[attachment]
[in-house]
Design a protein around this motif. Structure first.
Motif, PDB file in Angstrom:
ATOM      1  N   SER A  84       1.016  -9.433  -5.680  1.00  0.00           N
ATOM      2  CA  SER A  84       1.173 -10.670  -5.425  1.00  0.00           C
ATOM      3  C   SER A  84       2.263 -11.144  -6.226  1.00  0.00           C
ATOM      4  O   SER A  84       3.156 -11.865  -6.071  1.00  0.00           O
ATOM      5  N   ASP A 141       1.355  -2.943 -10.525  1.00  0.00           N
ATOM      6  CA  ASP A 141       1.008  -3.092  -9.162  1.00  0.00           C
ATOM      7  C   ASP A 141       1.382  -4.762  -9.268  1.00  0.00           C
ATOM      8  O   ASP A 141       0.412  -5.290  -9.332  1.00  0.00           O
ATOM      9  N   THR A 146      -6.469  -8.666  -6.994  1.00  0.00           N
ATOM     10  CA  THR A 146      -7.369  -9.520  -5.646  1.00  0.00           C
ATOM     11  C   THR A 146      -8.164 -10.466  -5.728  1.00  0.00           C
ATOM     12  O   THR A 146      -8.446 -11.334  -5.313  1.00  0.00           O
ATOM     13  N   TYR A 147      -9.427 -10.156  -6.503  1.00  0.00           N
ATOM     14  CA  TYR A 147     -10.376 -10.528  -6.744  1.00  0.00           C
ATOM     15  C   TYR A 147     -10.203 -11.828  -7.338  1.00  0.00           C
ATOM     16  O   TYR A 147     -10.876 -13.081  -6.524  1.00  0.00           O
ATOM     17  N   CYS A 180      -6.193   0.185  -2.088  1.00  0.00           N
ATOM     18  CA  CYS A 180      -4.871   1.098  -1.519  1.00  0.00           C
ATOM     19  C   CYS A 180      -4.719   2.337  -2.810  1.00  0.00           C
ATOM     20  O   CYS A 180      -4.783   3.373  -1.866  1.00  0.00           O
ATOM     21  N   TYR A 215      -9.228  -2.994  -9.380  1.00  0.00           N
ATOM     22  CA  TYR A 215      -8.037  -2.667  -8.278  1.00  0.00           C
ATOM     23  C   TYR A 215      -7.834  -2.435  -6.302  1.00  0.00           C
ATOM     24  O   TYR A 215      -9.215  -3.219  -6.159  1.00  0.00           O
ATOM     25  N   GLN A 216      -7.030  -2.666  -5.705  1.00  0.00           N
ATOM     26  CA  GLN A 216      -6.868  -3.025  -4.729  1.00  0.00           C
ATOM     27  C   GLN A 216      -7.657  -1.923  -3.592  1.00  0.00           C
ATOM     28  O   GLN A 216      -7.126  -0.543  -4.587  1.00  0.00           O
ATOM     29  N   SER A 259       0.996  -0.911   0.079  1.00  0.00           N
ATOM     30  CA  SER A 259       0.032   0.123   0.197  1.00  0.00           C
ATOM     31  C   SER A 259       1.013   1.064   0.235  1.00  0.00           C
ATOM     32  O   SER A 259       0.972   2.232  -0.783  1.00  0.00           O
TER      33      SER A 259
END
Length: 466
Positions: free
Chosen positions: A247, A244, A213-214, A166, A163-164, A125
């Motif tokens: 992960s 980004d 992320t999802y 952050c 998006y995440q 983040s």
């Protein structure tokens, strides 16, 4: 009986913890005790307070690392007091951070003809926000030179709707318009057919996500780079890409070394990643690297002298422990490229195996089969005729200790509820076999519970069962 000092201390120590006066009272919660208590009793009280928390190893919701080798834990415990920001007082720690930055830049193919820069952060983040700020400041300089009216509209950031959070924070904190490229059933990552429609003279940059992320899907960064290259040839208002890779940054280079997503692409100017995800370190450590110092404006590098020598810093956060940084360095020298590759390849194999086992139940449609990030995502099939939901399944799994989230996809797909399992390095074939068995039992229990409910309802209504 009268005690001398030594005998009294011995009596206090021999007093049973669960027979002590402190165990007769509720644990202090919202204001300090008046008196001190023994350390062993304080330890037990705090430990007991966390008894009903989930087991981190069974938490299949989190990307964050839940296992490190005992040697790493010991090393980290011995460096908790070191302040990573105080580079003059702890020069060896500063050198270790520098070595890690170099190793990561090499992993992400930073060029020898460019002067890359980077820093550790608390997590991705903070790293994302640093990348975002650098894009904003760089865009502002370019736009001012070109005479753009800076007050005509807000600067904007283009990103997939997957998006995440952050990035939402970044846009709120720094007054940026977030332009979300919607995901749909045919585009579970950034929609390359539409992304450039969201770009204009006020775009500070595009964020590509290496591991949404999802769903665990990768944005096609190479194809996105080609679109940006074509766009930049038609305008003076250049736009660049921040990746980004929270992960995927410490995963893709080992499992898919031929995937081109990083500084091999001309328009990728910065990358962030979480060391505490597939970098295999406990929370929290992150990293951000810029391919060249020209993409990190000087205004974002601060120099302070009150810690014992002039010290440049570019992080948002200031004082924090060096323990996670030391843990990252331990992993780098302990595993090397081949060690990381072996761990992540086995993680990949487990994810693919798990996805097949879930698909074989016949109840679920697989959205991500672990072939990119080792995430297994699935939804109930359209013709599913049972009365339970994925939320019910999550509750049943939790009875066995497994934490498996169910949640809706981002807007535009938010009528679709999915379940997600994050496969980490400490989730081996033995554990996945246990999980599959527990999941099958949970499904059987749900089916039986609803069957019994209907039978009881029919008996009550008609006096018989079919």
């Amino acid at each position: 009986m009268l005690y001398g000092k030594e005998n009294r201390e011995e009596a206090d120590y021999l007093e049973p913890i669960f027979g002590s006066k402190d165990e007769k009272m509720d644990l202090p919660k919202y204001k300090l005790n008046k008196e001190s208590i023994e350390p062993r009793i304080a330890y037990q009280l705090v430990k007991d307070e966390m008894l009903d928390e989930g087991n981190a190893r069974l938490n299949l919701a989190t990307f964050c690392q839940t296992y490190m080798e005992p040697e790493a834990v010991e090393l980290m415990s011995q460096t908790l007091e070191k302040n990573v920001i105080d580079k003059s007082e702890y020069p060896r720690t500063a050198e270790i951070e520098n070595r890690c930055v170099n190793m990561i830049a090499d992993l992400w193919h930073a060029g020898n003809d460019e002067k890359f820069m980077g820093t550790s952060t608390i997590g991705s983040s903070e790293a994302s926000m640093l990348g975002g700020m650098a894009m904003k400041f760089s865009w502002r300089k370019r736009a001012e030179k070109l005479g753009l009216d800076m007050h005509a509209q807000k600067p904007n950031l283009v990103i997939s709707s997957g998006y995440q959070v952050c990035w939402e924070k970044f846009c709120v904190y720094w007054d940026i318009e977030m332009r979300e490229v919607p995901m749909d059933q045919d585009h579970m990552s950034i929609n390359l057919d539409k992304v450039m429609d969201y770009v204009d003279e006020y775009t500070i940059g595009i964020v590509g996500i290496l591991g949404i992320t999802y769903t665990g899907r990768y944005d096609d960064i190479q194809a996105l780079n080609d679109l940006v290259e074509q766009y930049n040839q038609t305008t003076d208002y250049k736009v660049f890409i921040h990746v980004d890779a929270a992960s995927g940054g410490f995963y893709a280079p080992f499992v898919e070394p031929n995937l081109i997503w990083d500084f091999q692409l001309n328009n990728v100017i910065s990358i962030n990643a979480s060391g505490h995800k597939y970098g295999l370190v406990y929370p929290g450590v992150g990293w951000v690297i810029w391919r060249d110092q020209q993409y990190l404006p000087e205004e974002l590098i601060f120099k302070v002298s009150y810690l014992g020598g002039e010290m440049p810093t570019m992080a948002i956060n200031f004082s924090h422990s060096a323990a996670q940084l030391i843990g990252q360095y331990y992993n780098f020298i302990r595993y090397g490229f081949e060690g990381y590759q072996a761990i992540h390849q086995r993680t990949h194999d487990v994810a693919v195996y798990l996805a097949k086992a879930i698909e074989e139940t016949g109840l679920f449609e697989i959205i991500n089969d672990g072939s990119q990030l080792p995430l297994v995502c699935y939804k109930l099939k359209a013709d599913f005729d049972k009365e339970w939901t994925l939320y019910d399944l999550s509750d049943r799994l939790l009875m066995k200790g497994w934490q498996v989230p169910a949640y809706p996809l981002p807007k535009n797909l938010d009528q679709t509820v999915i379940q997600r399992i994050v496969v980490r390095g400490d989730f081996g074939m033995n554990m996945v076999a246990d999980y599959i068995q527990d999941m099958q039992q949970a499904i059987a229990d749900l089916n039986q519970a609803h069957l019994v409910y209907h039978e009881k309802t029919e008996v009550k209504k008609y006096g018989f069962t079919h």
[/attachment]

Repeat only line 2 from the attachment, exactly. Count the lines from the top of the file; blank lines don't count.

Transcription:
Design a protein around this motif. Structure first.